Do You Know Where Your Transportation Providers Are Headed?

A Look at Future Transportation Management Business Models

To remain profitable in increasing-cost, low-margin environments, logistics service providers (LSPs) are developing different transportation management strategies. Three distinct business models seem to be evolving, and companies can expect to see transportation providers moving in these directions:

  • Yield innovators include companies that arise from the rail, trucking, and container-shipping segments. They are typically asset-intensive, provide a standardized service in a certain area or region, and face fierce competition since their services can often be considered commodities. The goals of the yield innovator model are to make better use of assets through asset optimization, process excellence, cost control, and standardization, as well as to drive costs and maximize output by streamlining processes. Yield innovators achieve lower costs by optimizing operations and increasing automation with standardized IT platforms.

  • Portfolio innovators include companies whose primary goal is to quickly move into profitable areas, exploit them, and, once they become a commodity, move on to the next area of growth. These companies try to in-source complex core execution processes that their customers would typically outsource, such as backhaul, multiple stop routing, freight audit and pay, or demand planning and forecasting. Portfolio innovators rely on flexible IT infrastructures that can be easily tailored to quickly changing customer needs.

  • Orchestration innovators provide a one-stop shop by taking over the entire transportation function. Customers looking to completely outsource their logistics can rely on orchestration innovators to subcontract all operational tasks to third- and fourth-party logistics providers. By focusing on streamlining overall process management and increasing visibility, companies using this model can ensure customer satisfaction and smooth execution of supply chain activities. Orchestration innovators see connectivity between all parts of the supply chain as core, since it allows for increased visibility into processes, lower costs, and smooth execution to ensure customer satisfaction.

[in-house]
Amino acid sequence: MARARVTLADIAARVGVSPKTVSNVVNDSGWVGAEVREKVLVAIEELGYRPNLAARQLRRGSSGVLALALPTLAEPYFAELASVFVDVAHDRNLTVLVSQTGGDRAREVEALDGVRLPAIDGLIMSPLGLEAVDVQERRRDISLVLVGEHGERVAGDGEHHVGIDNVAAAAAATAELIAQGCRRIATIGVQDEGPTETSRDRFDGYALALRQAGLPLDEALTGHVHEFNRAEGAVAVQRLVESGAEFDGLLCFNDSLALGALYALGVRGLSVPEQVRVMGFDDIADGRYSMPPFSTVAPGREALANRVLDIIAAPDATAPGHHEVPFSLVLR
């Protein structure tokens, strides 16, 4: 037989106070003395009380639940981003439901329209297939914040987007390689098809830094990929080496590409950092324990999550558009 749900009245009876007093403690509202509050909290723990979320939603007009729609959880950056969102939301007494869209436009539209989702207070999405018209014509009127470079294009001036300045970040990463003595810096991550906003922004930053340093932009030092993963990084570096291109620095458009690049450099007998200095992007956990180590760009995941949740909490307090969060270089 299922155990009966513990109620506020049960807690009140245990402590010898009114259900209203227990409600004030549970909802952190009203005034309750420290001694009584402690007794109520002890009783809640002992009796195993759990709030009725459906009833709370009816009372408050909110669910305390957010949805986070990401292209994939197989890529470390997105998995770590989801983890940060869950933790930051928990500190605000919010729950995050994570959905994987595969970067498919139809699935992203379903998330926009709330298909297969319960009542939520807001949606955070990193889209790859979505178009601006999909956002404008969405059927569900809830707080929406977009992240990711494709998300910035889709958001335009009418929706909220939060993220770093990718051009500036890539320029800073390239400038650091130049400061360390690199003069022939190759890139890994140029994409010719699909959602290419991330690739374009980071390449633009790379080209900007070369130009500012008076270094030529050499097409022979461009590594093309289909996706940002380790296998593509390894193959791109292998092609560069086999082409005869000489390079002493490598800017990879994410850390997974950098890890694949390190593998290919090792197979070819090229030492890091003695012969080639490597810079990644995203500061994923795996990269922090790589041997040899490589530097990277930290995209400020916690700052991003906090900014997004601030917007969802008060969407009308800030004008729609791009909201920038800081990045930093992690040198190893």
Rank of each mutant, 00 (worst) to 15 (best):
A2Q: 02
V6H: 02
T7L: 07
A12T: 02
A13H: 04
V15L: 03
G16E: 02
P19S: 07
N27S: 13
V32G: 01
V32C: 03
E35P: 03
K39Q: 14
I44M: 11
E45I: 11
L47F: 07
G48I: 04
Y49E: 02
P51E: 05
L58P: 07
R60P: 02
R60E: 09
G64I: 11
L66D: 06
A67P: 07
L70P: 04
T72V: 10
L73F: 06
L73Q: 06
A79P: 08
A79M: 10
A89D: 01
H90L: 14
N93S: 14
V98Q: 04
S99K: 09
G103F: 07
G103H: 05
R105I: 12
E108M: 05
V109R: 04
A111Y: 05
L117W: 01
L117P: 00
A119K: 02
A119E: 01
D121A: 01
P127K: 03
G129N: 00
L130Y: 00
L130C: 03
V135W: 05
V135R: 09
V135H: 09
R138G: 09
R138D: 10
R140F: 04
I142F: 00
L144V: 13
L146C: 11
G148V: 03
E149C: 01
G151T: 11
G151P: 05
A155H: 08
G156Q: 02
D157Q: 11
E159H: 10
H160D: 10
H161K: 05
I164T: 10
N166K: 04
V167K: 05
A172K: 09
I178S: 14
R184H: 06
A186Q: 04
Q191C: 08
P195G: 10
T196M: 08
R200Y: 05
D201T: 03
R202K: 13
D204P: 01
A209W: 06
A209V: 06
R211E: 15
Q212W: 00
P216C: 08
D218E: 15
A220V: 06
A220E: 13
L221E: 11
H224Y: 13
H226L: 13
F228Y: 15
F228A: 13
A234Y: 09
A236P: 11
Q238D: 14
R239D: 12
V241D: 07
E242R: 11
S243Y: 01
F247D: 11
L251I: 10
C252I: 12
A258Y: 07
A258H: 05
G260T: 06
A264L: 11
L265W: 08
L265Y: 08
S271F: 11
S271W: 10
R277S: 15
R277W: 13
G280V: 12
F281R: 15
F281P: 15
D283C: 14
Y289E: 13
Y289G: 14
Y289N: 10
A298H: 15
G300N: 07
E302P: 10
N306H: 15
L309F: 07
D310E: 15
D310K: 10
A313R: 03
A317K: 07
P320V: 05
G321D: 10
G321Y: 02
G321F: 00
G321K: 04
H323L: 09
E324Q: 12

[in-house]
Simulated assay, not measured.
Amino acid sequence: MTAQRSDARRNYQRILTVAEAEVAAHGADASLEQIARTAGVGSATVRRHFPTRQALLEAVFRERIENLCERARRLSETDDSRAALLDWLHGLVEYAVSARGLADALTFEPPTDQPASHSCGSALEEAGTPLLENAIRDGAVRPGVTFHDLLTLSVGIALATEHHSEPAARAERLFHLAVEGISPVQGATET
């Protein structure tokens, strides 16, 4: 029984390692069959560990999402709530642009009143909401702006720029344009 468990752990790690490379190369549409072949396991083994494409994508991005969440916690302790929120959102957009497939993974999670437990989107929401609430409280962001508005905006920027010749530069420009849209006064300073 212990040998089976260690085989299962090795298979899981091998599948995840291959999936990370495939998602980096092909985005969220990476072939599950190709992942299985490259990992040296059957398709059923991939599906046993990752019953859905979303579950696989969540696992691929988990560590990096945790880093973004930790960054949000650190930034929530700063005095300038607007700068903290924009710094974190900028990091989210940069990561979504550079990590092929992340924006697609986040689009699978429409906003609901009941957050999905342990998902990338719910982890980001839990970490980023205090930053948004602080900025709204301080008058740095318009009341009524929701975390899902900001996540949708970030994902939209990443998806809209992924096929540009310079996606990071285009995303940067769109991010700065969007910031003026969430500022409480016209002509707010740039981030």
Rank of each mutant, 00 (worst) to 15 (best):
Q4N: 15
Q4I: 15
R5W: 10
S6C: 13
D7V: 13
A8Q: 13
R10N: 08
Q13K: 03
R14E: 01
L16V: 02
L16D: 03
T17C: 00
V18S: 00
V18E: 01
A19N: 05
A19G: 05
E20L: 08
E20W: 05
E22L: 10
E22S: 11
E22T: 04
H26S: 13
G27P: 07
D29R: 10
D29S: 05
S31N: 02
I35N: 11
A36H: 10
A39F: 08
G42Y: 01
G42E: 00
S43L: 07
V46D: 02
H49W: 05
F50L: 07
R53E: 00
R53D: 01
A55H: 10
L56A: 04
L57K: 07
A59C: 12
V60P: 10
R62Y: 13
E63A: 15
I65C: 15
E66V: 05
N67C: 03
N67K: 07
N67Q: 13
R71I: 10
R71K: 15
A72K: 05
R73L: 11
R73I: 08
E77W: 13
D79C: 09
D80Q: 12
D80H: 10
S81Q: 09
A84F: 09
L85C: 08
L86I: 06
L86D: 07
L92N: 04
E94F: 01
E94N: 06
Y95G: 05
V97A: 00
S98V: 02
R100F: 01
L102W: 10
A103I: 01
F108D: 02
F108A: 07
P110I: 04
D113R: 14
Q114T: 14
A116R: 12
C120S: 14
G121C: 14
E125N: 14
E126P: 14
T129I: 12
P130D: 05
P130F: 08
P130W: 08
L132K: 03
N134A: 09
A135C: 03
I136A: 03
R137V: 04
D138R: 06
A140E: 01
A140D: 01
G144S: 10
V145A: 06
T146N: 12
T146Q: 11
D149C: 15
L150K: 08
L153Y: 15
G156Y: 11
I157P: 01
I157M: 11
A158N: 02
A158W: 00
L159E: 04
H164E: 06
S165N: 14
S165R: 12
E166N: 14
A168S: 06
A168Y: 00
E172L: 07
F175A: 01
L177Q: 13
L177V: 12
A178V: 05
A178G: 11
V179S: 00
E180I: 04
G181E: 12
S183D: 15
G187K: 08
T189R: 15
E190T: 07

How SAP's Open, Integrated Approach Can Drive Innovative Transportation Management

Underlying your strategic changes in transportation management must be a solid IT infrastructure that can support your efforts. As companies aggregate vast amounts of transportation-related data, connectivity and visibility become essential factors in making sound business decisions. Moreover, an integrated IT solution is paramount for companies who wish to streamline operations, achieve financial and strategic objectives, and meet customer expectations. But which technology mix is best-suited for your company's business model? Answering that question requires a closer look at today's IT environments.

Currently, most IT systems are monolithic — they are hard-wired and often rely on humans as the interface to connect complex landscapes. At the same time, core operational processes rely on this infrastructure, and there is no way to simply switch one landscape off and turn on a new one. The transition needs to be performed in small, digestible steps by leveraging existing investments and using a common language to connect legacy and future systems.

An integrated IT solution is paramount for companies who wish to streamline operations, achieve financial and strategic objectives, and meet customer expectations.

An enterprise service-oriented architecture (enterprise SOA) supports this paradigm by combining services, such as Web services, with the business semantics and process logic needed to build unique business processes (see Figure 2). A service-oriented application and integrated business process platform can drive innovation and enable business change by running services developed by SAP, other vendors, or in-house IT departments. The services are then used to compose end-to-end business processes called composite applications. This approach has many advantages, including cost-containment by reusing services, lower cost of change as a result of business process composition, and faster operations through the use of standard interfaces.


Lifecycle Phase   Process Components
Strategic Freight Management

Service Provider Management to select and evaluate logistics service providers